The global warming problem resembles the dilemma faced by a driver on a foggy road. It is desirable to move rapidly towards one’s destination, but one’s speed must be governed by the distance that one can see ahead, and by the ability to make rapid changes in direction. Reasonable people will differ in their estimates of these factors. A driver does not automatically determine his speed on the basis of worst-case scenarios such as brake failure.
A prudent decision maker allows for the possible costs of rapid mid-course corrections and hedges his bets against both upside and downside risks. Any of the current projections can be wrong. The extremely pessimistic outcomes are headline-grabbing, but they are not a sure thing. Their probabilities need to be considered in the design of global emissions strategies.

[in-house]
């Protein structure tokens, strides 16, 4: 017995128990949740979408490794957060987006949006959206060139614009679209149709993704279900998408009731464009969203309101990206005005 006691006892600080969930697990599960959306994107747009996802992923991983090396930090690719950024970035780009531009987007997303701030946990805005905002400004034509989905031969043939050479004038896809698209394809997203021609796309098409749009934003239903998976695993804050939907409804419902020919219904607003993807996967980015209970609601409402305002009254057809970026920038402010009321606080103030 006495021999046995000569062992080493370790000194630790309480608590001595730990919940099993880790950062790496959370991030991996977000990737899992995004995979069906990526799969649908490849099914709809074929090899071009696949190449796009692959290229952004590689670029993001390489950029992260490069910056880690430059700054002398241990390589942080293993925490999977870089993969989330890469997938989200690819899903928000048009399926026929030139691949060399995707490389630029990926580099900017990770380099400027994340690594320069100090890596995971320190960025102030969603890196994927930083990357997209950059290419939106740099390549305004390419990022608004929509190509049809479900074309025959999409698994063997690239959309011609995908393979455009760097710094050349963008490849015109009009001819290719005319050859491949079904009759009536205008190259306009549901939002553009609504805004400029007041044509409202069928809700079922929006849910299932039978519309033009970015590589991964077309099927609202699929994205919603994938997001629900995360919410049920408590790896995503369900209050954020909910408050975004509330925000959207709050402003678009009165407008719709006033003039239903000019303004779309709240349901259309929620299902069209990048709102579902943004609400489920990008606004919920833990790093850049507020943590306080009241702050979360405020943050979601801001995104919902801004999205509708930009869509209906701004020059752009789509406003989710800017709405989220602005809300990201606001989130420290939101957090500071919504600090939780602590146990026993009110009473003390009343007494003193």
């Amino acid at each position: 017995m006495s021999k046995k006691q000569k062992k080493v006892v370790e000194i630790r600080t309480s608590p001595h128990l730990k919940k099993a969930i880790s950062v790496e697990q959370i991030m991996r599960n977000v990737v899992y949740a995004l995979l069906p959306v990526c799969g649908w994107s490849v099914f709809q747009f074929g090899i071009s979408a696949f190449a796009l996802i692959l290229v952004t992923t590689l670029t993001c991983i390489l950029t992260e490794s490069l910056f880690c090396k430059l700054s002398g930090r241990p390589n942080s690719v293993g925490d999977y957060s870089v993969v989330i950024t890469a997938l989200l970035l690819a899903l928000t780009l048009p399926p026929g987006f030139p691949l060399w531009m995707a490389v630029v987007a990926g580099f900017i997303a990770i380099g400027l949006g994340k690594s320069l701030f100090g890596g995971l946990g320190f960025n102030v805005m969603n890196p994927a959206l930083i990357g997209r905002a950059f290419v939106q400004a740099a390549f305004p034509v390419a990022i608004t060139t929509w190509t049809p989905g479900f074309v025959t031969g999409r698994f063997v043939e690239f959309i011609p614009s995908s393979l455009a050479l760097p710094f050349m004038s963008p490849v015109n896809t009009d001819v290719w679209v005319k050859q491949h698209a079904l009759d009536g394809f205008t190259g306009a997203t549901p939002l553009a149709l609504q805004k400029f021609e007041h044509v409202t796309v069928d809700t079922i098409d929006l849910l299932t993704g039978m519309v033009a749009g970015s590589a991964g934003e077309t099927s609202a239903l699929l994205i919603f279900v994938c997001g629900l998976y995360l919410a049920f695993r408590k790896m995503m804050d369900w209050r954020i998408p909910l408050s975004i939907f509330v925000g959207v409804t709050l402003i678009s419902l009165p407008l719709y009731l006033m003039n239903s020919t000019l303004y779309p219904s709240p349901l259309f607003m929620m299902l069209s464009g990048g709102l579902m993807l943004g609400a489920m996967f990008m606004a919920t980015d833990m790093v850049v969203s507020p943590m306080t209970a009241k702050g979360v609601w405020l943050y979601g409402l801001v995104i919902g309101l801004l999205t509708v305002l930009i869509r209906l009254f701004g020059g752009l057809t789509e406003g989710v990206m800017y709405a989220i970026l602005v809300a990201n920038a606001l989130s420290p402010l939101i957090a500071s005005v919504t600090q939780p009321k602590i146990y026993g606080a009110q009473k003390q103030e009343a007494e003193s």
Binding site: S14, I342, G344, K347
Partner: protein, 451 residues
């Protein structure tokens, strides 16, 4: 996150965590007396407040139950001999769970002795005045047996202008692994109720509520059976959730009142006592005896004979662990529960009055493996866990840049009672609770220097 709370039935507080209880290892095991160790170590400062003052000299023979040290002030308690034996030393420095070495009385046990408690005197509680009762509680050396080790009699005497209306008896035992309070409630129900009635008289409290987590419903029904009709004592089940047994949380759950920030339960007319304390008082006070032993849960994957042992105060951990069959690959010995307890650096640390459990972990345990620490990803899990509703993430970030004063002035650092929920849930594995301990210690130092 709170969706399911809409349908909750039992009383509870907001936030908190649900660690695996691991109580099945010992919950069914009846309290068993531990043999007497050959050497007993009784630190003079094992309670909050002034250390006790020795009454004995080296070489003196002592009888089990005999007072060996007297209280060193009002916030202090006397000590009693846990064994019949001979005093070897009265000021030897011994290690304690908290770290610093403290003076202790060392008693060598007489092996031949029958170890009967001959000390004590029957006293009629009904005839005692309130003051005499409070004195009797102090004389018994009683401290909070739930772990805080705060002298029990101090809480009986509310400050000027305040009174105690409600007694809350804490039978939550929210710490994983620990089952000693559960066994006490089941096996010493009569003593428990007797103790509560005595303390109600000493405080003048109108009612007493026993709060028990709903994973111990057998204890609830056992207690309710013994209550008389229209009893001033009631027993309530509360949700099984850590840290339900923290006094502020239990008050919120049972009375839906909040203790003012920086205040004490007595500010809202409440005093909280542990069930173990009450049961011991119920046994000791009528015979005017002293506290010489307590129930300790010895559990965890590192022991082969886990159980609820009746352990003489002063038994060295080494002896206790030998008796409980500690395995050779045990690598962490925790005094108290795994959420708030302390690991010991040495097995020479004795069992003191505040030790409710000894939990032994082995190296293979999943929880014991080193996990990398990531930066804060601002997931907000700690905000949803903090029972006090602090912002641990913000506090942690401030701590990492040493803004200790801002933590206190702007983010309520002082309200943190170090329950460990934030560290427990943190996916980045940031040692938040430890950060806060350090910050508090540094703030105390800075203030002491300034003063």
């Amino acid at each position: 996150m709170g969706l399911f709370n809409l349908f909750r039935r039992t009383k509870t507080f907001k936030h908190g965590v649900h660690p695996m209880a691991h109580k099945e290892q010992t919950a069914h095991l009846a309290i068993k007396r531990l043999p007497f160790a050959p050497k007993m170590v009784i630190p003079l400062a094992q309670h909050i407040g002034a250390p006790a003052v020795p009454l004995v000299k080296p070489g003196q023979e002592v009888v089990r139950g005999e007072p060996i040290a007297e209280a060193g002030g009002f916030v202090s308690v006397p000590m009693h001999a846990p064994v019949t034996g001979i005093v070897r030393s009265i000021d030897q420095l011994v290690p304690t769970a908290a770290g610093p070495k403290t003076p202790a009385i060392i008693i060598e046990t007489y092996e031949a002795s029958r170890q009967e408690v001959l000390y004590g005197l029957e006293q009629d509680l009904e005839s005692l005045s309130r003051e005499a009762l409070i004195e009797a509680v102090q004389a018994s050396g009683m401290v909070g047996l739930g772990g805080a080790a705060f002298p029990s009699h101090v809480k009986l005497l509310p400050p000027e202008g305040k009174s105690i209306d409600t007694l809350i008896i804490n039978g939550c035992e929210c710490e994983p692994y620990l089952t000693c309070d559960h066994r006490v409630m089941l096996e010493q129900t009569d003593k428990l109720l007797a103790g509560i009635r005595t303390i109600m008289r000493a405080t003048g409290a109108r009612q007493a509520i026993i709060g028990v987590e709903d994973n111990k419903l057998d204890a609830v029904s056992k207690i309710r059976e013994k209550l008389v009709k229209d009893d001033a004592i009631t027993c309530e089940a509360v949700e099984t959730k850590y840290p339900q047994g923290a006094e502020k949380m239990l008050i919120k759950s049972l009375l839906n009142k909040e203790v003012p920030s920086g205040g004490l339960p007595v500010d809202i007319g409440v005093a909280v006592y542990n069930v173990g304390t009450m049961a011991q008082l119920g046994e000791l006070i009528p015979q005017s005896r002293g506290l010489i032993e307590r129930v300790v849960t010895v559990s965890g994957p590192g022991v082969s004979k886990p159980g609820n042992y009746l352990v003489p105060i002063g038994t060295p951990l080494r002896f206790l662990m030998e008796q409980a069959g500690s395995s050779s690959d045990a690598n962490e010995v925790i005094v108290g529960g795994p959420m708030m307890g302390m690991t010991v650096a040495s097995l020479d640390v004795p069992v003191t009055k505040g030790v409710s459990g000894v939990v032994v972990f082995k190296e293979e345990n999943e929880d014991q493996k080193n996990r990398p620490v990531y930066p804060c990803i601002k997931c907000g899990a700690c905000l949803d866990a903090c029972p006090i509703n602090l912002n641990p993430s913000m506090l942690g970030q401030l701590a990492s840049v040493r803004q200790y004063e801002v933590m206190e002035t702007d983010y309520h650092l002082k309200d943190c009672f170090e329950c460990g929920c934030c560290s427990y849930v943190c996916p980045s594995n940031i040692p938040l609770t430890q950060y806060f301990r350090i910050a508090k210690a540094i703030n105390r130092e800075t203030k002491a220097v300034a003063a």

This report compares the application of these ideas with seven of the models participating in Energy Modeling Forum Study 14, Integrated Assessment of Climate Change. The acronyms of these models and the most recent documentation for each are shown in Table 1. They differ in terms of the degree to which they include details concerning regions, energy supply and conservation technologies, the carbon cycle, and climate impacts. They all, however, share a common approach: the belief that policy-relevant results can be obtained by comparing the abatement strategies associated with a favorable versus an unfavorable (low probability, high consequence) scenario.